Five New Year Wishes for the Church

1. A mature debate on same-sex marriage

Within the Christian world there are a variety of principled perspectives on same-sex marriage, including diverse views within the conservative wing of the church. Yet it seems that this discussion is surrounded with hysteria. The moment anyone urges anything other than opposition to same-sex marriage they are pilloried. It is my wish for the church that we could conduct a mature debate in which we listen to one another, carefully consider what each has to say, and recognise that neither the faith nor the well-being of humankind is threatened by our different points of view.

2. A bold prophetic voice

Since being elected the Abbot government has unwound the aid budget, brutalised refugees, all but destroyed collective action on climate change, and responded to Australia’s structural deficit problems with measures that are harsh towards the disadvantaged. Unfortunately critique of the government in those areas is all too often portrayed as partisan politics. Surely it is the role of the church to offer prophetic critique to whoever is in power? It is my wish for the church that we will exercise a strong, bold, powerful critique, calling our government to repentance and justice.

3. Finally come to grips with the end of Christendom

Part of the challenge for the Church in exercising a bold prophetic voice is coming to grips with the end of Christendom. In the era of Christendom the Church looked to the state to legislate Christian virtues, to enact legislation that made society “Christian”. We no longer live in Christendom but in a pluralist society, where the role of the state is not to tell people what virtues they should live by but to preserve justice. It is my wish for the church that we would finally let go of efforts to get the state to impose Christian virtue and instead call upon the state to enact justice.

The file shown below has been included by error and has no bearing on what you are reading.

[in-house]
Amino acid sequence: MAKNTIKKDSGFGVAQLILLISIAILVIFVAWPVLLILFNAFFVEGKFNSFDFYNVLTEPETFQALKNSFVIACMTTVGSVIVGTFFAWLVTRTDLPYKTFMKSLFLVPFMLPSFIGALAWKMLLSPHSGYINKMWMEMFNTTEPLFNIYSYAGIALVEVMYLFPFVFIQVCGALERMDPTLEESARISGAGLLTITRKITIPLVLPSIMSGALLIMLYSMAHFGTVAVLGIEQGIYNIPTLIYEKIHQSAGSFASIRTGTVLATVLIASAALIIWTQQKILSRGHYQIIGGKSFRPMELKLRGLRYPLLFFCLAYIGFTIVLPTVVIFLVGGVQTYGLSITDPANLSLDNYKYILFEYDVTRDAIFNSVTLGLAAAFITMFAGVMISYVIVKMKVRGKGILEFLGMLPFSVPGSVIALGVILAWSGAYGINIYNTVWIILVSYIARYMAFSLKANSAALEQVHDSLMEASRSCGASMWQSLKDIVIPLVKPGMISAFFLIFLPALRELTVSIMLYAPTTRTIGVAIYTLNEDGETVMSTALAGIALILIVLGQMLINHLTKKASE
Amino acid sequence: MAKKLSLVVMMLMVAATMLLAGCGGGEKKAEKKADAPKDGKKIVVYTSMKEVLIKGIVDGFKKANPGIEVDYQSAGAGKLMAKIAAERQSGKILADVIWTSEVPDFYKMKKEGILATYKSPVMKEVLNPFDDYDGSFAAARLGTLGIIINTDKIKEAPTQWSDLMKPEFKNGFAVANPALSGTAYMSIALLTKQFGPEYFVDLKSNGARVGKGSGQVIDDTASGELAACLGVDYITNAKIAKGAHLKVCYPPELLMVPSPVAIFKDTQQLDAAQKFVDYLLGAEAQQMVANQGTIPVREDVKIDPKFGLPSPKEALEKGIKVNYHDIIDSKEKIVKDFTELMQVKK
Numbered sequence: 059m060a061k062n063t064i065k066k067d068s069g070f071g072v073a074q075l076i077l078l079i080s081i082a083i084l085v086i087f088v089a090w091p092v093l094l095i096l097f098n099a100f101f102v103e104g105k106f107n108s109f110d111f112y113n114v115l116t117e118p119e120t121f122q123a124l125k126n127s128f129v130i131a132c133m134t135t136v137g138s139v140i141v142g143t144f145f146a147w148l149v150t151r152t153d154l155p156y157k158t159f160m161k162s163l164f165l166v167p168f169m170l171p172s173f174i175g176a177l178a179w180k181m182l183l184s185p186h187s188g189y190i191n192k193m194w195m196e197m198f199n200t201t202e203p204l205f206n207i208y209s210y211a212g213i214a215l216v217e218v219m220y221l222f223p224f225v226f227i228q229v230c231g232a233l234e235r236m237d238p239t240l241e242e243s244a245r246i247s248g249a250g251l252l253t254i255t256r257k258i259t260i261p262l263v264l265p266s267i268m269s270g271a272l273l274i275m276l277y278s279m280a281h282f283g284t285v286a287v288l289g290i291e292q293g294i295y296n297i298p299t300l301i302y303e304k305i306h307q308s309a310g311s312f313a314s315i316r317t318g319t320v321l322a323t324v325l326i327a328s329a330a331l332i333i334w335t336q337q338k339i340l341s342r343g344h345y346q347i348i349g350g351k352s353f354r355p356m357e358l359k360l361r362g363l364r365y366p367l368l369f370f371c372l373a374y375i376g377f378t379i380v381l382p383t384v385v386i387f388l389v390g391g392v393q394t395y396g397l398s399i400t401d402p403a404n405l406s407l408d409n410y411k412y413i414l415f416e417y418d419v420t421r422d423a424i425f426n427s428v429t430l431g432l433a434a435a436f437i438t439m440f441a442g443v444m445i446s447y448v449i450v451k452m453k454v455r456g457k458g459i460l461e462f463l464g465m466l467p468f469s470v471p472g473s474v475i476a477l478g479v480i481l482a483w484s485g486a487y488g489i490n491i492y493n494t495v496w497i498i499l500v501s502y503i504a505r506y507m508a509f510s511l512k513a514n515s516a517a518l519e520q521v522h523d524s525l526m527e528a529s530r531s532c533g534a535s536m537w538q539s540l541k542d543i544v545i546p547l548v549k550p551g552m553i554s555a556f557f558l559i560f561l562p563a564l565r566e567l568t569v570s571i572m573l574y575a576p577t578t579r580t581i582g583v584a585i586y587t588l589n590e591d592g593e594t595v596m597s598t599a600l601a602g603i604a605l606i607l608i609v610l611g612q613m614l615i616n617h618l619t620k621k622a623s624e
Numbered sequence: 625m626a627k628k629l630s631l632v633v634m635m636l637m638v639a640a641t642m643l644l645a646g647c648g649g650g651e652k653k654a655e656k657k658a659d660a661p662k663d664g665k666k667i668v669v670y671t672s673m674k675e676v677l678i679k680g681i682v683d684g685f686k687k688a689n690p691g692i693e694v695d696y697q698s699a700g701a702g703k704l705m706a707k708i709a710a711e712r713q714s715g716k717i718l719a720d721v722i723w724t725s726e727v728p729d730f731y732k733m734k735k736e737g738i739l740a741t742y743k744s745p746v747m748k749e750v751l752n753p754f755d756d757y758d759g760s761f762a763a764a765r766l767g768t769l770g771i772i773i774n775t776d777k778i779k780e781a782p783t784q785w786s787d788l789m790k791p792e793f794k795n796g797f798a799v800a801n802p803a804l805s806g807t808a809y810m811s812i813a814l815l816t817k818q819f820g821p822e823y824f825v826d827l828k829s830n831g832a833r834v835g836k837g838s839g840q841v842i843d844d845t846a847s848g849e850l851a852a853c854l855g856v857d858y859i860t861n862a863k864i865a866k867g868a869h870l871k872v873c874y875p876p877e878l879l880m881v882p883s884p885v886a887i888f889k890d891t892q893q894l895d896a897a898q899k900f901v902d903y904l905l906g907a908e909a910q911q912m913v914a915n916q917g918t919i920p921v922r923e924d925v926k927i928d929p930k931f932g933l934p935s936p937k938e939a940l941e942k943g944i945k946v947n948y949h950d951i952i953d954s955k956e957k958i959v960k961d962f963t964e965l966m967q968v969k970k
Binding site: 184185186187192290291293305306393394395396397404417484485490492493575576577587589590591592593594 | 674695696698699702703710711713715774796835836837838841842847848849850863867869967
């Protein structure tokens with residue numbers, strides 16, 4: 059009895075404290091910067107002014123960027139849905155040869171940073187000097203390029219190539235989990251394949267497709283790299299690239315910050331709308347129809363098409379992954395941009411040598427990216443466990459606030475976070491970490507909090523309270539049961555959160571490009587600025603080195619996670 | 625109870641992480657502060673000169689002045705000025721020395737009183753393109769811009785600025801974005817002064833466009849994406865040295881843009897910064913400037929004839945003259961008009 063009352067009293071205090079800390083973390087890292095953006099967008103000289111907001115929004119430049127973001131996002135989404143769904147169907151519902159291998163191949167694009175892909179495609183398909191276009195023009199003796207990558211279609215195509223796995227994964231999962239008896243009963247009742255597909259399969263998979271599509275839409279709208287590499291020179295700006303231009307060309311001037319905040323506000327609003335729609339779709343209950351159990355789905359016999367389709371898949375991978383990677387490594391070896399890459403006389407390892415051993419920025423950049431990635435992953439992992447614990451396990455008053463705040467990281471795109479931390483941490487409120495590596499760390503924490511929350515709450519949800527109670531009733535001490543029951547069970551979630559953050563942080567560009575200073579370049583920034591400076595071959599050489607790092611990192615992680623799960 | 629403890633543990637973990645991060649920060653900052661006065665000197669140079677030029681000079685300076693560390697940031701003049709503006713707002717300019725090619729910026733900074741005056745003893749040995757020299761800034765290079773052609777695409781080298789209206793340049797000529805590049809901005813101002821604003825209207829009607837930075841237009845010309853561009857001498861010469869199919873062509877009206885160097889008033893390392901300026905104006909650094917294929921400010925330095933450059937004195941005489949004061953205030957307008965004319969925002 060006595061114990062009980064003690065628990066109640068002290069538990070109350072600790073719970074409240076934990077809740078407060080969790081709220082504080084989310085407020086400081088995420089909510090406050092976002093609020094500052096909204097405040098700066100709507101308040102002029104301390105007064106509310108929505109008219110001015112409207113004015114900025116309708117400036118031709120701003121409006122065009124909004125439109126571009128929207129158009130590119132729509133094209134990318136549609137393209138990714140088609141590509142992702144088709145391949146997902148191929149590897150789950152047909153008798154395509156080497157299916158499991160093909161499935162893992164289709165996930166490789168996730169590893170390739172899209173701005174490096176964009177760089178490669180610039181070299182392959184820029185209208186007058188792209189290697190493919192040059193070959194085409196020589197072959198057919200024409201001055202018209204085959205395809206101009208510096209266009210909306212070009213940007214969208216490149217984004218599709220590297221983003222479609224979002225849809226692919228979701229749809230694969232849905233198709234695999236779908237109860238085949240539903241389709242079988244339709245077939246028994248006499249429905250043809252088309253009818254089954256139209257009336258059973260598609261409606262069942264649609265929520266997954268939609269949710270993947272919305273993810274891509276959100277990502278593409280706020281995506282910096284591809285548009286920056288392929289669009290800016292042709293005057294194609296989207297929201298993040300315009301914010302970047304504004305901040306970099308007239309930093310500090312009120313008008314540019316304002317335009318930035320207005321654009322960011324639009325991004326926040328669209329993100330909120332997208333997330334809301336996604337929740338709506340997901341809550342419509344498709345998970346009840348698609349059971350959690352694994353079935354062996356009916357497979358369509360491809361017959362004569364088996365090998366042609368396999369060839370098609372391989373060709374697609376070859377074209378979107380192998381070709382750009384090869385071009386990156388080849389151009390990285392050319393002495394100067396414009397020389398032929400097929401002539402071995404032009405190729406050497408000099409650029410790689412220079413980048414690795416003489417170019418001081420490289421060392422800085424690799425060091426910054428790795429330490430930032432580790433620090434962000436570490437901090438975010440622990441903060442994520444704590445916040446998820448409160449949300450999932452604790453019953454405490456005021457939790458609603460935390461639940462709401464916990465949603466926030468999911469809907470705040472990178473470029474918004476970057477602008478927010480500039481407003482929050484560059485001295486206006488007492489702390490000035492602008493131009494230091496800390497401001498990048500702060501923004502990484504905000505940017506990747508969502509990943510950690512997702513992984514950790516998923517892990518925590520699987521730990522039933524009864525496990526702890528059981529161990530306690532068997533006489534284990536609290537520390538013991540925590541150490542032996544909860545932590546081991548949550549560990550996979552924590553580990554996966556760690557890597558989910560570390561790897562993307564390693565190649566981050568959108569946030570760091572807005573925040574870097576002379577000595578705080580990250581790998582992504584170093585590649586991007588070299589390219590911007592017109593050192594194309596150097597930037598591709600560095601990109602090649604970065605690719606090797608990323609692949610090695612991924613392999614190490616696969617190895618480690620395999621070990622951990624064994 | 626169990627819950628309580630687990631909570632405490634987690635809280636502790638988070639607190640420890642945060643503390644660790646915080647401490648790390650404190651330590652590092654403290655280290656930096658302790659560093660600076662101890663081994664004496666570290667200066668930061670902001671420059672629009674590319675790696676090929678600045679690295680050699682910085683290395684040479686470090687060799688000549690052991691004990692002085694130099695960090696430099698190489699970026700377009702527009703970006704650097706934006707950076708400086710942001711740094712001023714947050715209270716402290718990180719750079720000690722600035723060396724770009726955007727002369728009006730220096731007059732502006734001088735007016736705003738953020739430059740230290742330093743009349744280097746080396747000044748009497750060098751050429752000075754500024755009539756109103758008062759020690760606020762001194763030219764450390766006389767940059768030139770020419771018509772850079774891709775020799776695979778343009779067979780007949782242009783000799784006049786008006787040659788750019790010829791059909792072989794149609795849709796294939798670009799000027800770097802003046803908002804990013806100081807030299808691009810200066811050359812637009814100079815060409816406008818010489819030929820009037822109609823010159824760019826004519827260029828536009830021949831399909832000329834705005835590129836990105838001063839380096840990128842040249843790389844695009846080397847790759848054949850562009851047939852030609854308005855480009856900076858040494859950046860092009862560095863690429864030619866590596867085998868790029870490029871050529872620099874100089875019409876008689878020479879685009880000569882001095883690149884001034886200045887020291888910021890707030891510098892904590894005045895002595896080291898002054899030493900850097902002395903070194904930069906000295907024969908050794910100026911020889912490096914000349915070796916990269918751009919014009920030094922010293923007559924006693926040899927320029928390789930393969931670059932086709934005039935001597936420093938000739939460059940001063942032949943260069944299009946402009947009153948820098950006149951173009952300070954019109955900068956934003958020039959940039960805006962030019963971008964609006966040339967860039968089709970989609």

4. Recovery of confidence in the gospel

In the past two or three decades the experience of pluralism and the rise of interdisciplinary studies have caused many followers of Jesus to abandon both the doctrines and the approach of their fundamentalist youth. We are more comfortable with shades of grey, ambiguity, and openness to the insights and wisdom of other faith traditions. This however has sometimes meant an erosion of confidence in the good news of Jesus as God’s means for repairing that which is broken in our lives and world. It is my wish for the Church that we would retain our openness while at the same time discovering fresh ways to proudly and confidently articulate our understanding and experience of Jesus.

5. A rich personal experience of Christ

Underpinning all our prophetic witness, all our confidence in the gospel, all our ability to conduct mature debates on controversial issues, will be the personal experience of Christ in the lives of believers. So it is my wish for believers that our experience of Christ would be deeply personal, deeply enriching, and transformative of every dimension of our existence.

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